Impact of interactive voice response technology on primary adherence to bisphosphonate therapy: a randomized controlled trial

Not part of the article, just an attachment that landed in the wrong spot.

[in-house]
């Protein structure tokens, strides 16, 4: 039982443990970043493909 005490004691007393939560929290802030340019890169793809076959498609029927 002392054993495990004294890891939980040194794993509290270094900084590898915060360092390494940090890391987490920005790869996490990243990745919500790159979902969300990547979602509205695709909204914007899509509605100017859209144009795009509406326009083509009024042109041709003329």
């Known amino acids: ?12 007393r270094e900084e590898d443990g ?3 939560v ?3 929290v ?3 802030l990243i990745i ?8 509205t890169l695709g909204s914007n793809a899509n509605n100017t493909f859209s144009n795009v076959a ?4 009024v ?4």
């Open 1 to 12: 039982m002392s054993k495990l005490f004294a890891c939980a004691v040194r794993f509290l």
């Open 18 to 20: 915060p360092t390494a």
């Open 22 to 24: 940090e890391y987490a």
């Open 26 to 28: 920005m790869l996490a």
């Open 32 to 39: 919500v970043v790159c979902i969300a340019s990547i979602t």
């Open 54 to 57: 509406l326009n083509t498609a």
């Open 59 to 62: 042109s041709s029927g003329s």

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Summary: Osteoporosis (weak bones) is a disorder that has high morbidity, mortality, and healthcare utilization. Effective treatment is available for this disorder, but many patients choose not to start therapy. This is the first study showing an intervention that increases the initiation rates to medications for osteoporosis. Introduction: One out of six patients prescribed an oral bisphosphonate does not initiate therapy, a phenomenon known as primary non-adherence. Reasons for bisphosphonate primary non-adherence have been identified, but not interventions that positively impact primary adherence rates. The purpose of this study is to determine the effectiveness of interactive voice response technology to improve oral bisphosphonate primary adherence. Methods: This was a prospective, randomized controlled trial conducted in January–December 2014 at Kaiser Permanente Colorado, an integrated healthcare system. Adults with a new oral bisphosphonate prescription for osteoporosis or osteopenia which was not purchased within 14–20 days of being ordered were included. There were 127 and 118 patients in the intervention group and control groups, respectively. The intervention group received an interactive voice response phone call followed by a letter 1 week later if primary non-adherence continued, whereas the control group did not receive any outreach. The primary outcome was the proportion of patients who purchased their oral bisphosphonate within 25 days of randomization. Results: There were 62/127 (48.8 %) intervention patients and 36/118 (30.5 %) control patients who purchased their bisphosphonate prescription within 25 days of randomization (OR = 2.17, 95 % CI 1.29–3.67). When adjusted for age, sex, history of bone mineral density scan and fracture, the odds ratio for intervention versus control group was 2.3 (95 % CI 1.34–3.94). Conclusion: An interactive voice response phone call and follow-up letter significantly improved primary adherence to oral bisphosphonate therapy. Such an intervention could be considered for improving primary adherence rates to other medication classes.

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